There are all different kinds of history readers—some prefer ancient history, some prefer fascinating bits of nonfiction, and some can't get enough military history. Whichever subgenre the history lover on your gift list prefers, we've got you covered with this list of 10 gripping books.
This list is part of the Gift Guide for our 2021 Holiday Ebook Exchange. Click here before December 16 to learn more and sign up!
Upstairs at the White House
Whether or not you usually choose history books, this New York Times bestseller is a fascinating read. J.B. West, the chief usher of the White House for nearly 30 years, offers readers a behind-the-scenes look at the goings-on of 1600 Pennsylvania Avenue.
West directed state functions, planned weddings and funerals, oversaw extensive renovations, and supervised every activity in the presidential home. He worked with six presidents and first ladies, from Roosevelt through Nixon, and provides a captivating history of his time with each of their first ladies.
“I think he is one of the most extraordinary men I have ever met.” —Jacqueline Kennedy Onassis
Bury My Heart at Wounded Knee
First published in 1970, this acclaimed history book has stood the test of time and become a favorite for more than 50 years. The heartbreaking account of the settlement of the American West and the systemic destruction of American Indian tribes is still a must-read book.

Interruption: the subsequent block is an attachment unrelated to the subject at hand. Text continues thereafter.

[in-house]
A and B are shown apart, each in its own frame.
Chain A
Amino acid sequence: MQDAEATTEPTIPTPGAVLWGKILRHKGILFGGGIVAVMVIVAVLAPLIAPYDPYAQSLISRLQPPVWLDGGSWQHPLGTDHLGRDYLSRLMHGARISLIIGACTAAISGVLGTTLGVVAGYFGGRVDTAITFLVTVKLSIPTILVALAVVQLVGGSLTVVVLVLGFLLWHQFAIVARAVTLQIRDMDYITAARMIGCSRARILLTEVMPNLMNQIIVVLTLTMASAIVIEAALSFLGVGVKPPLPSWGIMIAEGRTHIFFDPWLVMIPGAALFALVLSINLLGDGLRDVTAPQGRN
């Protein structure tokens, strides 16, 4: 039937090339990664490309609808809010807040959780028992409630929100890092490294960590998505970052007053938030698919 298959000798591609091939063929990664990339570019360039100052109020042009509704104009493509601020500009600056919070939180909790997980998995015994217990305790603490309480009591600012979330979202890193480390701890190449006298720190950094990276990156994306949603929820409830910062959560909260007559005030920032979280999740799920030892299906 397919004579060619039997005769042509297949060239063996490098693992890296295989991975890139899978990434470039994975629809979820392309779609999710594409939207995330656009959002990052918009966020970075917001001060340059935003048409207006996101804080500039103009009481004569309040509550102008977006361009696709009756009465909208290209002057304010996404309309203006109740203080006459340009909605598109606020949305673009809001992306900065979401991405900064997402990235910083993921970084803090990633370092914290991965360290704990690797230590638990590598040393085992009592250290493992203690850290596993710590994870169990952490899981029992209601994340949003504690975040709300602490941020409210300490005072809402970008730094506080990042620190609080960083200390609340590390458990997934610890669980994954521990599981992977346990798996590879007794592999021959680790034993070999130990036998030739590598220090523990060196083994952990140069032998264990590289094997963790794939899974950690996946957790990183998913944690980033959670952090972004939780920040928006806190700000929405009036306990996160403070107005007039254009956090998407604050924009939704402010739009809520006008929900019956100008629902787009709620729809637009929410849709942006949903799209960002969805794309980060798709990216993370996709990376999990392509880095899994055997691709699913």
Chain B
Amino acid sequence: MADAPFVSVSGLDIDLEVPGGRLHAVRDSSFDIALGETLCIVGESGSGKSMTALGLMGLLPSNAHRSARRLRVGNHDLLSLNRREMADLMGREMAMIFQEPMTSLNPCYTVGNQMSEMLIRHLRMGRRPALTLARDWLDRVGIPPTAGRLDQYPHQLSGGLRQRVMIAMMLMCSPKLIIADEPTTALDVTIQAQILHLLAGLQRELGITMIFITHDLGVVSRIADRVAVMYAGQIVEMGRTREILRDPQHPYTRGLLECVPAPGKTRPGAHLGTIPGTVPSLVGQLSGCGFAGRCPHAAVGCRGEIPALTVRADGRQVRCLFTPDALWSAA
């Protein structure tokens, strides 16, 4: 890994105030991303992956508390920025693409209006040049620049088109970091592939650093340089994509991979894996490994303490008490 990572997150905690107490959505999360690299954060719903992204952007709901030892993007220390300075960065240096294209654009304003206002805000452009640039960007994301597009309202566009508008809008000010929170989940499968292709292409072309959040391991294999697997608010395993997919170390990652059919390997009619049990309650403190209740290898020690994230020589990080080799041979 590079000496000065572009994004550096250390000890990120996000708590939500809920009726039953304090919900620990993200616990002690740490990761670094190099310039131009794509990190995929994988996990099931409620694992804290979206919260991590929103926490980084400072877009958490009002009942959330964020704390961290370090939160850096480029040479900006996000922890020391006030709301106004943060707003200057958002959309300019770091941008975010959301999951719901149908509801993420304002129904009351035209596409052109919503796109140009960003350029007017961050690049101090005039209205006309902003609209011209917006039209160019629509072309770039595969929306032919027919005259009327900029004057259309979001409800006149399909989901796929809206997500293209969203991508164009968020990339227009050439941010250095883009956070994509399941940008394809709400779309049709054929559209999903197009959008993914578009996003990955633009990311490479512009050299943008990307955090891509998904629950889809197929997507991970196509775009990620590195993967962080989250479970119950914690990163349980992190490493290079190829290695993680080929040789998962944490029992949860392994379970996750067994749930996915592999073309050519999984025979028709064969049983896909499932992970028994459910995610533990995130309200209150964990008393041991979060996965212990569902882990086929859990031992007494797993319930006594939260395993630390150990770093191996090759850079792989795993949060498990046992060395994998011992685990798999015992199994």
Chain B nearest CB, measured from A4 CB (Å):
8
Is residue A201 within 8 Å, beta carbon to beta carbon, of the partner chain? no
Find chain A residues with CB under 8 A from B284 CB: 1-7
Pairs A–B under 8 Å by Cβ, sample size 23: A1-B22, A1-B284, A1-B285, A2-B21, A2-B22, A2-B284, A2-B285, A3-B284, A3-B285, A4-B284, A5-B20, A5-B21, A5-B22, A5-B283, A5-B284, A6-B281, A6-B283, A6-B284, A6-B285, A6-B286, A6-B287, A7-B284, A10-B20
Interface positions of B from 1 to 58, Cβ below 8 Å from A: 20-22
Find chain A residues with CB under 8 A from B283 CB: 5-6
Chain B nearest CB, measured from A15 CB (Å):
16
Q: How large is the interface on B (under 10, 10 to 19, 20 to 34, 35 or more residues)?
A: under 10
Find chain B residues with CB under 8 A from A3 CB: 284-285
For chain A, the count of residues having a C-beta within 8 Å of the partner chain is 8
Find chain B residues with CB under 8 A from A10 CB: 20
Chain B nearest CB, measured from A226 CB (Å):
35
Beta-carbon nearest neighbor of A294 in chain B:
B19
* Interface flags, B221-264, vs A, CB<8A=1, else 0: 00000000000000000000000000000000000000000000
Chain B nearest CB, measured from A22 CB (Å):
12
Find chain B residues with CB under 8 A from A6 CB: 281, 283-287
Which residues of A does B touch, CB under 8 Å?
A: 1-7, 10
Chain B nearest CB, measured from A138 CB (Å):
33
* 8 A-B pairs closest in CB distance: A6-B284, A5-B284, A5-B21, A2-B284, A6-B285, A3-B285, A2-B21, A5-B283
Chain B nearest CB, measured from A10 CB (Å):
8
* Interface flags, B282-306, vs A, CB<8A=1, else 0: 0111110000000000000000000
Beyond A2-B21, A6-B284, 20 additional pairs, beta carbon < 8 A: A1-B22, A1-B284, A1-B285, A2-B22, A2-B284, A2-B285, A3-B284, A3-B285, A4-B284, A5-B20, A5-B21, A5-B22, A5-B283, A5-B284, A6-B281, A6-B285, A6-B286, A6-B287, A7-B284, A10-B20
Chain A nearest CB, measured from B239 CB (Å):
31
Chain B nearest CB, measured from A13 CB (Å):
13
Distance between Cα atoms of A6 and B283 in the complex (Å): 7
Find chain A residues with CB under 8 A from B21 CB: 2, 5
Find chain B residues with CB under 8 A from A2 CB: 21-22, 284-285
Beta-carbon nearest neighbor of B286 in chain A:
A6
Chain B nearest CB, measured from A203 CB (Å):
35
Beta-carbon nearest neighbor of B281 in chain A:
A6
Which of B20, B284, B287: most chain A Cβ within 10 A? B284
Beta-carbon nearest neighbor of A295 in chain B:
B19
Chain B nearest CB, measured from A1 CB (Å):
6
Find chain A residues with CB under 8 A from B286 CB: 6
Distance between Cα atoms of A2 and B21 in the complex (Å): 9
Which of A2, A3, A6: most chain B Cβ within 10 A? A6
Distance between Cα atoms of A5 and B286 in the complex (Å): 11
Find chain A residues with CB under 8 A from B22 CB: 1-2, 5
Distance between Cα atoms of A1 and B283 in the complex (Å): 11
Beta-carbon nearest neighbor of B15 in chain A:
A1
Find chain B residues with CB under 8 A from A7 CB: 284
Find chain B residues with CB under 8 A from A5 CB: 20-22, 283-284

Dee Brown's meticulous research of the years between 1860 and 1890 tells the tales of Geronimo, Sitting Bull, Crazy Horse and more, compelling readers to wonder "who, indeed, were the savages" (William McPherson, The Washington Post).
We Were Soldiers Once . . . and Young
This powerful account of one of the most significant battles during the Vietnam War is counted among the best of military history books.
Together with Lr. Gen. Harold G. Moore, Joseph L. Galloway, the only journalist on the ground during battle, interviewed hundreds of men who fought in the battle, including North Vietnamese commanders. The result is a gripping account of men who rose to the ultimate challenge; who participated in our most grueling and gruesome ventures.
A Night to Remember